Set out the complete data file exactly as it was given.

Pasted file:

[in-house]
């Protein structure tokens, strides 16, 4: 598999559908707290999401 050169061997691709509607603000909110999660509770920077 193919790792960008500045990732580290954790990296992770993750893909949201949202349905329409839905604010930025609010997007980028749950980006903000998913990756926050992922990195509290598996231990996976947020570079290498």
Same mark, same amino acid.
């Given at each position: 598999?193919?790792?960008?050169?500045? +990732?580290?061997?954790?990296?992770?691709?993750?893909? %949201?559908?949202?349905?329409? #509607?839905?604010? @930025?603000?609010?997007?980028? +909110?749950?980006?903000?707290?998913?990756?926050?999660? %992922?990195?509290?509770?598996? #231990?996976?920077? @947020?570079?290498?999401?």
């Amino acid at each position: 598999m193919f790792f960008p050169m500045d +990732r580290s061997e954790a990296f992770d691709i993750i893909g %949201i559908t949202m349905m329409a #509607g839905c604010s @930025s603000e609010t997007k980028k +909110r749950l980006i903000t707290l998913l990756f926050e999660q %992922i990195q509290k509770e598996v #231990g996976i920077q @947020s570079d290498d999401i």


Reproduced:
[in-house]
């Protein structure tokens, strides 16, 4: 598999559908707290999401 050169061997691709509607603000909110999660509770920077 193919790792960008500045990732580290954790990296992770993750893909949201949202349905329409839905604010930025609010997007980028749950980006903000998913990756926050992922990195509290598996231990996976947020570079290498």
Same mark, same amino acid.
């Given at each position: 598999?193919?790792?960008?050169?500045? +990732?580290?061997?954790?990296?992770?691709?993750?893909? %949201?559908?949202?349905?329409? #509607?839905?604010? @930025?603000?609010?997007?980028? +909110?749950?980006?903000?707290?998913?990756?926050?999660? %992922?990195?509290?509770?598996? #231990?996976?920077? @947020?570079?290498?999401?």
């Amino acid at each position: 598999m193919f790792f960008p050169m500045d +990732r580290s061997e954790a990296f992770d691709i993750i893909g %949201i559908t949202m349905m329409a #509607g839905c604010s @930025s603000e609010t997007k980028k +909110r749950l980006i903000t707290l998913l990756f926050e999660q %992922i990195q509290k509770e598996v #231990g996976i920077q @947020s570079d290498d999401i």